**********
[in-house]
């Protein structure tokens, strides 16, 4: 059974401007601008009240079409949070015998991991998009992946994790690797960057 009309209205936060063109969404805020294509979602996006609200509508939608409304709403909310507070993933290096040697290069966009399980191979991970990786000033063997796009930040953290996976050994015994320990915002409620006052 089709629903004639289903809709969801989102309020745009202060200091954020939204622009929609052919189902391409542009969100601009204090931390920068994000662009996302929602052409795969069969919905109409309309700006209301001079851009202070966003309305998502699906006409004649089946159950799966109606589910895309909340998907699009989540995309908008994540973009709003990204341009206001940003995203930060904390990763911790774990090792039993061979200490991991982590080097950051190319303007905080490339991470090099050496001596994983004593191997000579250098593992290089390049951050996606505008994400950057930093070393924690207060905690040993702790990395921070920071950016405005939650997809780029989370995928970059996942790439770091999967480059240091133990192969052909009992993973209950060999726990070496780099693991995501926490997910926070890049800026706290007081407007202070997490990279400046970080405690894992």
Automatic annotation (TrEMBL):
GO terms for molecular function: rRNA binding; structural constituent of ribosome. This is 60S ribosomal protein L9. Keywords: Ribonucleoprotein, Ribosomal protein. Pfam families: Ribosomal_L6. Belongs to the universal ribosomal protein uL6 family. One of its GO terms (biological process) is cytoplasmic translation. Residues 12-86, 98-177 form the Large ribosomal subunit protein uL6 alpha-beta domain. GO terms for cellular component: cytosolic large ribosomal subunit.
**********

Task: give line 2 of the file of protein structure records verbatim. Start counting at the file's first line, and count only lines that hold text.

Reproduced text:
């Protein structure tokens, strides 16, 4: 059974401007601008009240079409949070015998991991998009992946994790690797960057 009309209205936060063109969404805020294509979602996006609200509508939608409304709403909310507070993933290096040697290069966009399980191979991970990786000033063997796009930040953290996976050994015994320990915002409620006052 089709629903004639289903809709969801989102309020745009202060200091954020939204622009929609052919189902391409542009969100601009204090931390920068994000662009996302929602052409795969069969919905109409309309700006209301001079851009202070966003309305998502699906006409004649089946159950799966109606589910895309909340998907699009989540995309908008994540973009709003990204341009206001940003995203930060904390990763911790774990090792039993061979200490991991982590080097950051190319303007905080490339991470090099050496001596994983004593191997000579250098593992290089390049951050996606505008994400950057930093070393924690207060905690040993702790990395921070920071950016405005939650997809780029989370995928970059996942790439770091999967480059240091133990192969052909009992993973209950060999726990070496780099693991995501926490997910926070890049800026706290007081407007202070997490990279400046970080405690894992």